“He has this tiny teddy bear he carries in his pocket into every meeting– I guess it’s his security blanket.”

Originally, a security blanket was a military measure restricting communications to maintain secrecy.  Shulz wittily turned it into a literal blanket– Linus’ constantly-carried comforting fetish.

By extension, a security blanket is any object or mantra or belief that conveys a sense of security or of good luck, no matter how irrationally.

“The first message of this election, for Democrats, is simple: Stop making your base feel like cheerleaders at Charlie Brown’s football game.” — from the blog The Republic of T

Poor Charlie Brown. Year after year, he would run at the football held in position by his nemesis Lucy, and, unfailingly, despite her promises, despite his own wild hopes, she would yank it away just before kickoff and Charlie ended up flat on his back.

Since then, Charlie Brown’s football is used as a metaphor for last-minute disappointment or treachery.

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“No dinner for me– I had a Dagwood for lunch and it damn near killed me.”

A Dagwood sandwich is a tall, multi-layered sandwich made with a variety of meats, cheeses and condiments. It was named after Dagwood Bumstead, a central character in the comic strip Blondie. Dagwood frequently makes enormous sandwiches. The strip creator Chic Young (1901-1973), began drawing the huge sandwiches in the comic strip in 1936. Perhaps this had appeal in the hungry days of the Great Depression?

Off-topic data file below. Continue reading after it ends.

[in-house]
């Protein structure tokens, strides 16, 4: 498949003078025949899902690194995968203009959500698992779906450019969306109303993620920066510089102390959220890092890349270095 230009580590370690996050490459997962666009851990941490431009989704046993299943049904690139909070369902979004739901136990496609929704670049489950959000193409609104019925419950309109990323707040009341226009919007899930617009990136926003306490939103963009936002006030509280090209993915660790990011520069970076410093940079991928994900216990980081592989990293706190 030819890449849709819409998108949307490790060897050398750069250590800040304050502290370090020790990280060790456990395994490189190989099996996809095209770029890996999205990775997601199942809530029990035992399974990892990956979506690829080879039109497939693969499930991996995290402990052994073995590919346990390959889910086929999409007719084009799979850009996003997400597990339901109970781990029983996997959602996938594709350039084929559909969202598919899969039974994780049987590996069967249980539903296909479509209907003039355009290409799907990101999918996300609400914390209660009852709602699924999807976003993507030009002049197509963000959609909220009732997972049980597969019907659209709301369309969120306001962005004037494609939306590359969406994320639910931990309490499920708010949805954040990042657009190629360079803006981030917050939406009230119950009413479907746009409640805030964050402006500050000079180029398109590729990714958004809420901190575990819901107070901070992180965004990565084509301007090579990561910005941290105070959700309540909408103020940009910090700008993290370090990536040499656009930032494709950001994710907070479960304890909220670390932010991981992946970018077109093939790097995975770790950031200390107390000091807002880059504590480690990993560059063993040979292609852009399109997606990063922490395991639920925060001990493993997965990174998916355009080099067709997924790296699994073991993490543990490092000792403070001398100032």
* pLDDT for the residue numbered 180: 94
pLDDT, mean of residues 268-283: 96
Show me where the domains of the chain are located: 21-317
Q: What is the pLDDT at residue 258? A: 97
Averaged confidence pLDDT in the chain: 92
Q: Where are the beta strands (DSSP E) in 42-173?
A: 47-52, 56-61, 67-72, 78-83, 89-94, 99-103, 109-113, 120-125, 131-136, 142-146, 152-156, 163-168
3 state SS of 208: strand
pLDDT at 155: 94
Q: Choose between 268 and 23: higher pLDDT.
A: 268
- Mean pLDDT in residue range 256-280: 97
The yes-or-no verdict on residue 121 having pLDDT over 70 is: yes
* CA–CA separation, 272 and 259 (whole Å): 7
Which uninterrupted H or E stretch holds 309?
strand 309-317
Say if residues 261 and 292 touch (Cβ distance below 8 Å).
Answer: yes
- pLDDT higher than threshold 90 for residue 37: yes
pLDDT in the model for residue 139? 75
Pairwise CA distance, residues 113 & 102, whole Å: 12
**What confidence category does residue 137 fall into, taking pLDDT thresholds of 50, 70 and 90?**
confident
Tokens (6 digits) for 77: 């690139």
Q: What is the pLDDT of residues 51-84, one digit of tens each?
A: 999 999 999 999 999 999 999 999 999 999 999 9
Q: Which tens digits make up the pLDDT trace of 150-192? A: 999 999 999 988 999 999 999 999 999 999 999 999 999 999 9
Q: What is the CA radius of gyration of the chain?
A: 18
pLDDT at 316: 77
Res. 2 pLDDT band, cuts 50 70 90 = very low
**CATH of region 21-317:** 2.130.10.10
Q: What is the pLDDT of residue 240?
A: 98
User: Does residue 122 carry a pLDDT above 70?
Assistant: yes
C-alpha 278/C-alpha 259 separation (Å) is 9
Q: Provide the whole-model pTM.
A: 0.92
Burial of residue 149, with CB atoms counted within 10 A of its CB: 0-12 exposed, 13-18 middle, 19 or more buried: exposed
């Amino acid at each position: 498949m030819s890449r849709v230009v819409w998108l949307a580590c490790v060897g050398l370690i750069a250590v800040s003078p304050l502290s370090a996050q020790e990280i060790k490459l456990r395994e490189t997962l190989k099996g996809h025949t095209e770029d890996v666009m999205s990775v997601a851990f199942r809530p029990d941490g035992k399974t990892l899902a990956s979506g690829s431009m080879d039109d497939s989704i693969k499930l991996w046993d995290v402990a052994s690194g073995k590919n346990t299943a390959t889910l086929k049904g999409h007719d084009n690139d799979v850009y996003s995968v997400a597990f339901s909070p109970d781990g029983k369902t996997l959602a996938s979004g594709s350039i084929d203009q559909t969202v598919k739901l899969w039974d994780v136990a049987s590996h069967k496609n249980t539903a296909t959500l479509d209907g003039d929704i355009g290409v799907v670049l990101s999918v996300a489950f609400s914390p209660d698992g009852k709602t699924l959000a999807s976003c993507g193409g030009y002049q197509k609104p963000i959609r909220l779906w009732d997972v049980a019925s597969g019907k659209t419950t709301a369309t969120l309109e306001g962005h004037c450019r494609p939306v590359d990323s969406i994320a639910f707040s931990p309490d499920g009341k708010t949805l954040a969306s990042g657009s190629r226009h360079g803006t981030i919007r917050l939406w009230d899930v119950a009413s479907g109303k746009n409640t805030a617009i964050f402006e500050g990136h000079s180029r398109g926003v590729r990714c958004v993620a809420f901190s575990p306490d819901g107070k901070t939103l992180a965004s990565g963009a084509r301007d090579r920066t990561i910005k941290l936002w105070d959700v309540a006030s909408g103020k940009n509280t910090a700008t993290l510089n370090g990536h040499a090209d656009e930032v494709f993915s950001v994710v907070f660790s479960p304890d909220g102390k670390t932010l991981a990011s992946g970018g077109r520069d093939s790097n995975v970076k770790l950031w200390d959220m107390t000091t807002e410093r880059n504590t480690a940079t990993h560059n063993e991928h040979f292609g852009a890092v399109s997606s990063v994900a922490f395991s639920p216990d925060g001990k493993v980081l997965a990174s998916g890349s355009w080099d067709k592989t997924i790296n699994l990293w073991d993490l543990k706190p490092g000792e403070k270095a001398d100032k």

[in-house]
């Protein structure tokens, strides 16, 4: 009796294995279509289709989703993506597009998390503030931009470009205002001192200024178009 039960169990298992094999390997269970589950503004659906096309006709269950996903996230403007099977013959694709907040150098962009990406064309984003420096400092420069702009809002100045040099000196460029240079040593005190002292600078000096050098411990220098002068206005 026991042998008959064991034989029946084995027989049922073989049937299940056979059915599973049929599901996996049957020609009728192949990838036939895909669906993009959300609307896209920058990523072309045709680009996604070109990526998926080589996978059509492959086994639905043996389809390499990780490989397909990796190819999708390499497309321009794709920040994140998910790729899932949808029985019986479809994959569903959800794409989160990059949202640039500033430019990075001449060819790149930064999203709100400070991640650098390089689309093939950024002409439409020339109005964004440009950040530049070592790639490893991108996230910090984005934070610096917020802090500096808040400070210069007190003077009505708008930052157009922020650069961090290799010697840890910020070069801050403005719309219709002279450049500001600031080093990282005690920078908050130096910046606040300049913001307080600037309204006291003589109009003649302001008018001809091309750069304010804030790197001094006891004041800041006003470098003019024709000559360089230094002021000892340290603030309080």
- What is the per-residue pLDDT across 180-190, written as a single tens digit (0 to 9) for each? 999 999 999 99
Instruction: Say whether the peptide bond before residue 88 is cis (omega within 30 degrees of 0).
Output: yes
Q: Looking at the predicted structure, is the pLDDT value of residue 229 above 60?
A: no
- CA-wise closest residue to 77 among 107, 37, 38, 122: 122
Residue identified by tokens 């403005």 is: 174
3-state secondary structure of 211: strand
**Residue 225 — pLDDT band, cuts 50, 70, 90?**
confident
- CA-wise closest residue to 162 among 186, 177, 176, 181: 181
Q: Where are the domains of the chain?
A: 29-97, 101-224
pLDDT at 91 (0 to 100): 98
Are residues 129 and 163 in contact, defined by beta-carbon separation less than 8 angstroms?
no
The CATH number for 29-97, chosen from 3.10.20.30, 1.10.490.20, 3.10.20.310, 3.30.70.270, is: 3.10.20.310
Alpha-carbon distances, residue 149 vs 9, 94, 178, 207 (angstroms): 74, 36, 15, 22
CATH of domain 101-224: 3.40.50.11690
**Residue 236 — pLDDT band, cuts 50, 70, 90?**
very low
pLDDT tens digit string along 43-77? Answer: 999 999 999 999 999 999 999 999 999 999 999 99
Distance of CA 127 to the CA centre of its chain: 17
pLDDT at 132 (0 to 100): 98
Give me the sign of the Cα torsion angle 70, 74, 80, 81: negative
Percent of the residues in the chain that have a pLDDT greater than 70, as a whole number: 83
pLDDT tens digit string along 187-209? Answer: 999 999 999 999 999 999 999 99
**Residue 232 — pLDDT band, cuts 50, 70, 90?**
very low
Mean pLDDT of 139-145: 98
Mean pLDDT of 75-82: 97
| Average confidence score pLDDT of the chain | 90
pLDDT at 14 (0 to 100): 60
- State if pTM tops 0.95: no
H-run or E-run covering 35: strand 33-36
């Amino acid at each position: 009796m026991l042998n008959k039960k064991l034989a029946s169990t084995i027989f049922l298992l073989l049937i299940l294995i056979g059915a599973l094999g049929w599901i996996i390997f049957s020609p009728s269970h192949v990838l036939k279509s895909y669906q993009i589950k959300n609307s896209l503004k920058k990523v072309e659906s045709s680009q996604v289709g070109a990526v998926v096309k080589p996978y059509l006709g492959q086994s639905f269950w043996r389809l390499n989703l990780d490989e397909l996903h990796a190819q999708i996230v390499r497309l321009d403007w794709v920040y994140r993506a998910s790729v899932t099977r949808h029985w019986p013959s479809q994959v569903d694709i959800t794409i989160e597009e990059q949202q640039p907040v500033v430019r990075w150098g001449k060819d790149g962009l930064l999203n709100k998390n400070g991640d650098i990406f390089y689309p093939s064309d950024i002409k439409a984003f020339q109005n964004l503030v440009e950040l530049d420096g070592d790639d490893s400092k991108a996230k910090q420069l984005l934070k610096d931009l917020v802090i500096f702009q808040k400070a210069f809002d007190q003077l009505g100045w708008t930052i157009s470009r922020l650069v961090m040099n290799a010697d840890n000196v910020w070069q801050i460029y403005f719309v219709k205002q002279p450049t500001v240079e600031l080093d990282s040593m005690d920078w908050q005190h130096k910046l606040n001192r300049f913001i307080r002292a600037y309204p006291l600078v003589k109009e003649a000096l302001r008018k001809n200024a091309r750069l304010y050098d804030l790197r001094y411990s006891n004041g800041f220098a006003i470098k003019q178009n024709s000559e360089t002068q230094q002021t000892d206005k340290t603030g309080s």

At any rate, from the get-go people started building real Dagwood sandwiches.

Lunch meats featuring Dagwood and an assortment of meats can be purchased at grocery stores. A counter-service restaurant called Blondie’s opened at Universal Orlando’s Islands of Adventure in May 1999, and serves a traditional Dagwood-style sandwich. Blondie’s bills itself as “Home of the Dagwood Sandwich.”

A Blondie-themed restaurant chain, Dagwood’s Sandwich Shoppe, was founded in 2006. The Dagwood is sold as a 1.5-pound sandwich.

The Dagwood sandwich served in the Dagwood Sandwich Shoppe stacked these ingredients: three slices of deli bread, hard salami, pepperoni, cappicola, mortadella, deli ham, cotto salami, cheddar, Provolone, red onion, green leaf lettuce, tomato, fresh and roasted red bell peppers, mayo, mustard and a secret Italian olive salad oil.

Here’s yet another recipe:

Dagwood Sandwich
serves 2-3 people or one comic strip character

6 slices bread (white, wheat, rye or any combination)
1 sandwich bun
2 oz/60 gr deli ham
2 slices swiss cheese
2 oz/60 gr roast beef
2 slices cheddar cheese
2 slices red onion
3 oz/80 gr salad filling: egg, tuna, chicken potato, ham, etc.
3 slices bacon
4 oz/100 gr deli turkey or turkey leftovers
1 tomato, thinly sliced
3 lettuce leaves
1 gerkhin, halved
2 olives
Mayonnaise, mustard, horseradish, butter, ketchup, as desired
2 long bamboo skewers

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“A Jiggs dinner – just the thing for these cold winter days, eh?”